“‘Emotional’ services let you connect with those you love. While some of that might come from things like messaging, I think things that will let you share what you are doing and see what those you care about are up to would be great. I look forward to having little glances into what my kids are up to each day appear on my wrist throughout the day.”
How long will the battery last?
That though raises the biggest question about smartwatches, and particularly the Apple Watch: how long will the battery last, and is that enough? Mark Gurman, who runs the 9to5Mac site and has a solid record with advance scoops on Apple products such as HealthKit, says the Watch is expected to get 19 hours of combined active and passive use, and perhaps two or three days in standby or low-power mode – but will almost surely need recharging every night.
Is that enough? “The thing Apple has in its favour is the positive reinforcement cycle driven by the device’s usefulness,” says Smith. “The more I use it, find it useful and make it part of my life … the less likely I am to be annoyed that I have to charge it. Obviously there is a limit to that, but so long as the device can make the hassle of charging it balance out with its utility I think things will be fine.”
Daniel Breslan is less sure: “I’m a power user who rises early, works hard and retires late, so if anyone will get stung for battery life shortages, it will be me.”
Hechagias, the writer of Lunate, adds, “Apple maintaincomplete control until they are sure the experience comes out as they wish, and then they relax control as much as needed in order to monetize. So perhaps the battery issue is one aspect that is making them think ‘we will not let anyone make the watch look bad by doing things that might drain the battery and make us look bad’, and only allow such things when the watch is already accepted. In any case, Lunate would not be a power drain, it uses little CPU & GPU, especially compared to such things as games.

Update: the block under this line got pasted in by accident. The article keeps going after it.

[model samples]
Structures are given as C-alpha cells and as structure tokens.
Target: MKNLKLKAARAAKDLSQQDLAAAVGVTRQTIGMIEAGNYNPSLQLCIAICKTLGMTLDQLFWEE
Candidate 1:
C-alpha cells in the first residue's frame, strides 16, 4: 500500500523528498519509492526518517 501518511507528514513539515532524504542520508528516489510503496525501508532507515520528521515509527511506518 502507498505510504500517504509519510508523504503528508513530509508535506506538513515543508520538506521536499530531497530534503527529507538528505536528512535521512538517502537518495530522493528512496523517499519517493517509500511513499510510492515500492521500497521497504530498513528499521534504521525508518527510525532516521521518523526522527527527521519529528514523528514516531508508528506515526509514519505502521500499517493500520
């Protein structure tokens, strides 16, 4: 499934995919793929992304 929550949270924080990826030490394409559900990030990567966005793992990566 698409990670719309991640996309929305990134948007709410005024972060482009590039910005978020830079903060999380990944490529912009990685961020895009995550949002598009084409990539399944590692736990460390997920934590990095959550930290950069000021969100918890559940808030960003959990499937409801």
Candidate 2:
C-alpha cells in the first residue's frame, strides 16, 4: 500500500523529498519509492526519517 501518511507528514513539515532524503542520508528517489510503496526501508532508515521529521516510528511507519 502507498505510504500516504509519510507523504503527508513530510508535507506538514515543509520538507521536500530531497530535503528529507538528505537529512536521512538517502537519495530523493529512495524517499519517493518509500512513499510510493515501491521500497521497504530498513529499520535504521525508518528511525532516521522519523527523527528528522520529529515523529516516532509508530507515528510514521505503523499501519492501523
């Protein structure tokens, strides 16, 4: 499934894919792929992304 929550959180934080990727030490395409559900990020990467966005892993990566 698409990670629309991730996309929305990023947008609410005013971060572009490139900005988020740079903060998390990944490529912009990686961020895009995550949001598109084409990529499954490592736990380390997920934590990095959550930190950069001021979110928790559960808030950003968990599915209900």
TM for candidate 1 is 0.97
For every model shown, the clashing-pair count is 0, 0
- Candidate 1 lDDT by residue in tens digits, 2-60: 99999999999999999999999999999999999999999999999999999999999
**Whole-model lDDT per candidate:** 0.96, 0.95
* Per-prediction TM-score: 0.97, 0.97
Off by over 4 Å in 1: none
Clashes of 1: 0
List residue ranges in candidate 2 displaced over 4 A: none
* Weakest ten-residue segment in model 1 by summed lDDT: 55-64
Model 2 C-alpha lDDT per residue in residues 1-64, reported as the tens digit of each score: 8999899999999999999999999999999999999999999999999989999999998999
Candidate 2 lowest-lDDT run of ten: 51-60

“But it might also be as simple as a matter of trying to enforce their current philosophy. Similar to how they would not release a large iPhone or a small iPad because “people did not want it”, until they decided it is the next best thing.”
What will happen to Android Wear?
The other big question is: will the Apple Watch sweep away Android Wear, or help it? On this, there’s unanimity. Johnson, Mini Dialer’s author, thinks it will help Android Wear sales, “since it will increase the awareness and interest of users as they discover the capabilities that wearables provide”.
Larrat agrees that the Apple Watch will provide a rising tide to float boats on other platforms: “[S]martwatches will become more attractive, and Apple is a specialist in marketing.”
Russell Ivanovic, of the Australian app company Shifty Jelly, is an enthusiastic backer of Android Wear, which he says is “a far superior platform to the Apple Watch. It processes things locally, it has an always-on screen”– though not all Android Wear watches have their screens illuminated – “and the concept ofGoogle Now-style cards on a watch just works. There are already watches that can track your runs via GPS without needing to be tethered to your phone, something the Apple watch won’t be able to do.”
Even so, Ivanovic says: “The Apple watch will be more successful, chiefly because it’s made and marketed by Apple. People will find the smallest details and point to them as to why the Apple watch was more successful, but at the end of the day it will come down to the simple fact that Apple is better at launching products. They know how to build up anticipation for a product. They know how to limit supply of said product when it’s first available. They know how to market their product in such a way as to make it a ‘must have’.
“Basically, they [Apple] are a product company at heart. Google seems to me like an engineering driven company that hasn’t yet learnt how to coordinate everyone to launch a product well.”